|The bells being removed last 20th February.|
Photo: Delphine Goldszteijn, PhotoPQR,Le Parisien
So the decision was made to replace them with some new, more euphonic, bells in time for the 850th anniversary of Notre Dame this year. Therefore, last February, the four bells were removed from the towers and sent to the bell-founders in Normandy to be melted down. The idea was to cast little model bells from them which could be sold to defray the cost of the new peal.
The news of this reached the ears of the little community of Sainte-Croix de Riaumont in the Pas-de-Calais. They were shocked that this act of vandalism would be perpetrated, all the more so since they are building a new priory and are in need of bells themselves. Their prior, Fr Alain Hoquemiller, (whom I remember meeting a few times when he was studying for the priesthood at Fontgombault Abbey) has made an offer of at least 24.000 euros for the bells (he must have good sponsors!) which is generally considered to be in the right ball-park. But the Archdiocese of Paris has indignantly refused the offer and wants to proceed to the destruction of the bells.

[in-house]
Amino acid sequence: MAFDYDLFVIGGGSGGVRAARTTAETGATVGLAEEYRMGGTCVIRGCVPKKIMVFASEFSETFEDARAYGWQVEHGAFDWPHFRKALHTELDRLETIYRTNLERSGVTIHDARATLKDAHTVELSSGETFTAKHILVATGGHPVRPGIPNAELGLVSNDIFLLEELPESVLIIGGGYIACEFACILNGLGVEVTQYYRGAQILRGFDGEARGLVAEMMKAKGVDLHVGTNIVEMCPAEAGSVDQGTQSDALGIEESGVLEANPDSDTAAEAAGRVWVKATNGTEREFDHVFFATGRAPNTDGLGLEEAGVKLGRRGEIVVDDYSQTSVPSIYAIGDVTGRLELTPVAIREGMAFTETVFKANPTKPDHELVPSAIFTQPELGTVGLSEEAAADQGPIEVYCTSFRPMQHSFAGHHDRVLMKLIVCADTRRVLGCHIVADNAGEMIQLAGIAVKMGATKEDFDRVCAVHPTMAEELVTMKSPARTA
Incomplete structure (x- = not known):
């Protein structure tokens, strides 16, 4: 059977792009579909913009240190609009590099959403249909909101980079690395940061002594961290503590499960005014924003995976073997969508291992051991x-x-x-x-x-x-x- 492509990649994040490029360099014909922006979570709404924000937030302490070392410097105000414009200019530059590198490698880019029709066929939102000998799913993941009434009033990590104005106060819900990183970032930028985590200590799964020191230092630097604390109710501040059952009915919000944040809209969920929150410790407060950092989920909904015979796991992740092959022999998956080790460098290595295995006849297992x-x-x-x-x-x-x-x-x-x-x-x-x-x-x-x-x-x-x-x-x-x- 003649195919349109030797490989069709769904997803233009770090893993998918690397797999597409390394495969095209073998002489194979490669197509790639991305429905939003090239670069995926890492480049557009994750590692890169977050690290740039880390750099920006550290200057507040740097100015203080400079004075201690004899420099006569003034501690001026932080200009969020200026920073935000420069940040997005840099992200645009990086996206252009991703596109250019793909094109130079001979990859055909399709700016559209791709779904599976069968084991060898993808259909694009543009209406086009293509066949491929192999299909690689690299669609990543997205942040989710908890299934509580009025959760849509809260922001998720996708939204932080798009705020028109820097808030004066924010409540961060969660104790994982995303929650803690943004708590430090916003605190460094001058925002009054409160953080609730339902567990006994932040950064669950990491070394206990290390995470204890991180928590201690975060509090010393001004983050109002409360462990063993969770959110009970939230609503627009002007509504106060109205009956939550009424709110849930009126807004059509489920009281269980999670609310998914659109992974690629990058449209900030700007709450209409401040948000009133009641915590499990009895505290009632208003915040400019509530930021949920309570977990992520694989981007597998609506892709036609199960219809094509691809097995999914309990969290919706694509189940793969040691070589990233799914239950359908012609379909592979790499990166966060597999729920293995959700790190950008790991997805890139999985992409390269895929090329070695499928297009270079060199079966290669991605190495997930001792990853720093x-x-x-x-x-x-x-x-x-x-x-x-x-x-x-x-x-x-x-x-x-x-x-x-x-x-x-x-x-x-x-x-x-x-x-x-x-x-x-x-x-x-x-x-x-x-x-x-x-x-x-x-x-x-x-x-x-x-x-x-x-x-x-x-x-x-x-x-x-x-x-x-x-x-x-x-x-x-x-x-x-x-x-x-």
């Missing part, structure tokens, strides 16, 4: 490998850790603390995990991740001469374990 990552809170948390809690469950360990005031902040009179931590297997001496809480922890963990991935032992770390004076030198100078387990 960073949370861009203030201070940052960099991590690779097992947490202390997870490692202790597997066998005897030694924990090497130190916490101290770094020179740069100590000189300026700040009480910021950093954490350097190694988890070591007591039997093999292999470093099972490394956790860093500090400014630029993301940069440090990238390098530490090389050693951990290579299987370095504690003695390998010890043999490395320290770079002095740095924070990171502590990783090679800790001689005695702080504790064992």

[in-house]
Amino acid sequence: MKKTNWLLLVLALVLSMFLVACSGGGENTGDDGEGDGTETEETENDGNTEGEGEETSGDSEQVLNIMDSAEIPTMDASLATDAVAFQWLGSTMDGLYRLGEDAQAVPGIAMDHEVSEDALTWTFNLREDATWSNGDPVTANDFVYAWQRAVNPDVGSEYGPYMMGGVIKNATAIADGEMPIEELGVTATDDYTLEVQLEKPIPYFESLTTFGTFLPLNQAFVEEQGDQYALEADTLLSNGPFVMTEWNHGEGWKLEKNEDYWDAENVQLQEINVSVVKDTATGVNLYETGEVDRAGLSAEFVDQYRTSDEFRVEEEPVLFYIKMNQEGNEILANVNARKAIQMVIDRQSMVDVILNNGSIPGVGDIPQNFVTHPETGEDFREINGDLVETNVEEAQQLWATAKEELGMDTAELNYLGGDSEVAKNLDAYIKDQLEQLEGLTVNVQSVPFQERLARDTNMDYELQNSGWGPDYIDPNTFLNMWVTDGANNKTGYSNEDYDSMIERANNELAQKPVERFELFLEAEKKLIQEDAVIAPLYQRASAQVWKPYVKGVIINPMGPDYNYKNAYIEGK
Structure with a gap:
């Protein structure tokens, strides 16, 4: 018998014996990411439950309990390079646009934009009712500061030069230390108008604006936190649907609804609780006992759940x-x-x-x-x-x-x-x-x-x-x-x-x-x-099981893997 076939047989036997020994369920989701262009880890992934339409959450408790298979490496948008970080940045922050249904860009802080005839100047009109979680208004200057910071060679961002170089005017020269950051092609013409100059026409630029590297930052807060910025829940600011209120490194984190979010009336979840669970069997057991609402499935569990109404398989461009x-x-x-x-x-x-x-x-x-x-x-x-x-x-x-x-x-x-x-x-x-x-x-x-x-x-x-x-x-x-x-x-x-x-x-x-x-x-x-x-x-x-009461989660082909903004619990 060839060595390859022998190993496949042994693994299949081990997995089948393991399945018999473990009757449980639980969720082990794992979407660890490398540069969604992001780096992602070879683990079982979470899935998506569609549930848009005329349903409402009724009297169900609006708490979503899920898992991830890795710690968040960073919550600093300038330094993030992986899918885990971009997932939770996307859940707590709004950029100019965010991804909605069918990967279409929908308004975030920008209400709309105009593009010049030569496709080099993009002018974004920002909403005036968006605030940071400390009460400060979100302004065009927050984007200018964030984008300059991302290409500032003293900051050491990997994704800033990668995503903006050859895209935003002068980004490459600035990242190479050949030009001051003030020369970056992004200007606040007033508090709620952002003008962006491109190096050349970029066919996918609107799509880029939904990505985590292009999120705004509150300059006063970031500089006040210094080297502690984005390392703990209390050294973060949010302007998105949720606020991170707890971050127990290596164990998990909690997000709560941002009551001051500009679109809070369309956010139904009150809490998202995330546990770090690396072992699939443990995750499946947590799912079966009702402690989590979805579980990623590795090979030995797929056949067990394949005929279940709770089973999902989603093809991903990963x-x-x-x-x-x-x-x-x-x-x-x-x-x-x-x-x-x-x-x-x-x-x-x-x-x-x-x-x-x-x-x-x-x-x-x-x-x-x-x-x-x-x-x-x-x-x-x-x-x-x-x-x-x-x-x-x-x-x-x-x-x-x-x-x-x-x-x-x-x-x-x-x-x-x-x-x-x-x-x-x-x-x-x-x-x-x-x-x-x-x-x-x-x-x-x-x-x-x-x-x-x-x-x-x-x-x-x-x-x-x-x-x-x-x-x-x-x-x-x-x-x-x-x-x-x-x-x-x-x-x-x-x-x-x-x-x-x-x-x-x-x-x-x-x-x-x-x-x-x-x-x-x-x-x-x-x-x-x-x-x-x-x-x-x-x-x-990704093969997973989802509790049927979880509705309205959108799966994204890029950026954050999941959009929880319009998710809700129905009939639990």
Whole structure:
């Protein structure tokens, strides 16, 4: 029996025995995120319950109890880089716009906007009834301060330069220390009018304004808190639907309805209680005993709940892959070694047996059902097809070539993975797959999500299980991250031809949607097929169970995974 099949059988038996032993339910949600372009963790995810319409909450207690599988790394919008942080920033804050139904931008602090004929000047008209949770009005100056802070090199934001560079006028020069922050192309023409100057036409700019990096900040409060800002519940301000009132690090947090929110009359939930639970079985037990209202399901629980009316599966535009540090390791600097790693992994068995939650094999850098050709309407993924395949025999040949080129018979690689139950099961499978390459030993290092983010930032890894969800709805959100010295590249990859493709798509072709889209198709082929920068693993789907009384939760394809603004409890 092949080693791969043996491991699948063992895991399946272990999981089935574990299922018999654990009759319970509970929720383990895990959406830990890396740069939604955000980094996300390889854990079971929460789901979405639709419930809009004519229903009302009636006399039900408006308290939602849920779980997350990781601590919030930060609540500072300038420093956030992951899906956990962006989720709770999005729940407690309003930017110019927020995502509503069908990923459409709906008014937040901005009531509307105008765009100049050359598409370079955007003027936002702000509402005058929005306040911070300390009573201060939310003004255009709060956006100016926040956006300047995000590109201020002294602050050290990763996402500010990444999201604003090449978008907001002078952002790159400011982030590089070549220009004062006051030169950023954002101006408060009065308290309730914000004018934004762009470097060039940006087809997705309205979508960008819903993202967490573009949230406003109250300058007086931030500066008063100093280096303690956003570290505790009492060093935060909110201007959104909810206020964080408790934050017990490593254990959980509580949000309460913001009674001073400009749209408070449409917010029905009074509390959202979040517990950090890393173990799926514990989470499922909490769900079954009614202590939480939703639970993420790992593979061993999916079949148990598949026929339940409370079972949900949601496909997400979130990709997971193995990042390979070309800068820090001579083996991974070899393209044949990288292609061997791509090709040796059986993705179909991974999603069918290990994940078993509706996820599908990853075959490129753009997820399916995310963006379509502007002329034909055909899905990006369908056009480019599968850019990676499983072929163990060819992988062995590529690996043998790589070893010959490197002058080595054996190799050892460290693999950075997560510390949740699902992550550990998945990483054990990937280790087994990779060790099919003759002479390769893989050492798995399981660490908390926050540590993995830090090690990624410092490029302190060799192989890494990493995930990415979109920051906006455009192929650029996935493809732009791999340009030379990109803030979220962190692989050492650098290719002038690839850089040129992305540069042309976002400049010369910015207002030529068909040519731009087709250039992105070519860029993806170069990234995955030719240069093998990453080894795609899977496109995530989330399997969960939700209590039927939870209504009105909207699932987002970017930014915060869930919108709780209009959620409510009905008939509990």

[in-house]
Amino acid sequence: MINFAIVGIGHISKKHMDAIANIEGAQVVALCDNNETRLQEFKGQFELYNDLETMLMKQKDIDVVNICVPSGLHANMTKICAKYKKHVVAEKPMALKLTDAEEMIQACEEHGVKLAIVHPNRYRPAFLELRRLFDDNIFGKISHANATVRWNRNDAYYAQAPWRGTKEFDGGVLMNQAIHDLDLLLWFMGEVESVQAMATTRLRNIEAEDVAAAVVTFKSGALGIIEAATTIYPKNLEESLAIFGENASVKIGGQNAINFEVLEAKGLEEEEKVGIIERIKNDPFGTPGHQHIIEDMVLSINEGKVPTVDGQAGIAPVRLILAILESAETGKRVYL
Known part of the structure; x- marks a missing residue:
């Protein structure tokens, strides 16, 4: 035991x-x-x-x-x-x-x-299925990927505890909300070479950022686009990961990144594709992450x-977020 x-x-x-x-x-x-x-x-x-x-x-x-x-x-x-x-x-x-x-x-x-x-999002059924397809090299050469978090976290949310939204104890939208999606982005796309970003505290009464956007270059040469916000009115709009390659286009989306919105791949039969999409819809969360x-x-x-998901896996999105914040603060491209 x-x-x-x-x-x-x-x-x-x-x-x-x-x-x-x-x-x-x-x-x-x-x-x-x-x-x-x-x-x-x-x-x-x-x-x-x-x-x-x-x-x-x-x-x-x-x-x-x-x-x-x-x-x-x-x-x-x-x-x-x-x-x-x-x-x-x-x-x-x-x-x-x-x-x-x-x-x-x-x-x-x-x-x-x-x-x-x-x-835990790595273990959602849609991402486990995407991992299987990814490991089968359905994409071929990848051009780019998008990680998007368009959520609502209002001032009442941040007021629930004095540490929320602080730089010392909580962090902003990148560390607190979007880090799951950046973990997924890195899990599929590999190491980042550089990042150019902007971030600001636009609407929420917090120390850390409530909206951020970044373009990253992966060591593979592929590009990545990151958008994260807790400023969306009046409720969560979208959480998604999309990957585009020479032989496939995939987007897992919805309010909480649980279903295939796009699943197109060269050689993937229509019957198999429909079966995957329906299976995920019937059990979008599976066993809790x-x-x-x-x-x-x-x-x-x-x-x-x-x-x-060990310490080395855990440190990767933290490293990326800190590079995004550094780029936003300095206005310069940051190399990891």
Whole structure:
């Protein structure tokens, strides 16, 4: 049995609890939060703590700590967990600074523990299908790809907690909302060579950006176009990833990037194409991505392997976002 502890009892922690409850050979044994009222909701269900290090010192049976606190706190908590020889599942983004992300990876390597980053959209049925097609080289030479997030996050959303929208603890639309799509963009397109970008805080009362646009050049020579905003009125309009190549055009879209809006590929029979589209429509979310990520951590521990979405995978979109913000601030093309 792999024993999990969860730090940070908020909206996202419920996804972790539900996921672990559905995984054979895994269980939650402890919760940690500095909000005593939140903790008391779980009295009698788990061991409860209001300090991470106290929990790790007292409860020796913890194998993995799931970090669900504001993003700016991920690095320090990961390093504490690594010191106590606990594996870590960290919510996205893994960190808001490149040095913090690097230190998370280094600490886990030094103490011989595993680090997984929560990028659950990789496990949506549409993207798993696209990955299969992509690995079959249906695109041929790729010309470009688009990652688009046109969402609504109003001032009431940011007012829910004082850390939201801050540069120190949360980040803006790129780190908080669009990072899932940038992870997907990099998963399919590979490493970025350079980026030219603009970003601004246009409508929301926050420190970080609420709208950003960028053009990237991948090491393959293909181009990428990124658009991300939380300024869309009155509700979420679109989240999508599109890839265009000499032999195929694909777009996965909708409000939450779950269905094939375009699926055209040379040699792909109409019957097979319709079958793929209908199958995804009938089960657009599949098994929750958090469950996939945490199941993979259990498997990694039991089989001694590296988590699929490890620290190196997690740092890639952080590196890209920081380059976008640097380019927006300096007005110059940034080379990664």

The trouble was that when these first boys grew up, they didn't want to leave. And so the religious community grew out of the scouts. A man called something like Argouac'h (a Breton) was their first ordained priest, and now they have a trickle of young vocations continuing and expanding this remarkable work. Scouting remains at the heart of what they do—even the religious habit is khaki.
So why is the Archdiocese of Paris so reluctant to support this excellent project? It's the old story: the community of Sainte-Croix de Riaumont celebrate the traditional Mass. Of course the Archdiocese don't say that, but they are absolutely adamant nonetheless that the bells shall not go to the community, but shall be melted down, and it seems hard to understand otherwise why. The manufacture of the little souvenir bells will cost some two million euros, apparently, without any prospect of buyers. Here they have a more than adequate offer which they are refusing.
And now the bells have gone to law. For the Archdiocese, the difficulty is that, in French law, the bells aren't actually theirs. By a law of 1905, external features of ecclesiastical structures belong to the state, not to the Church. So, Fr Alain acted correctly in approaching not the Diocesan authorities, but the Direction Régionale des Affaires Culturelles d'Ile de France, known as DRAC, who verbally accepted his offer for the bells in October. This has been contested by the Diocese, and until the dispute can be settled, the bells have had a 'do not touch' order slapped on them by the state.
And, as Fr Alain points out, a law of 15th July 2008 declares that anyone responsible for the destruction or even deterioration of historic religious objects faces seven years of imprisonment and a fine of 100.000 euros!
p.s. There's an online petition here to save the bells.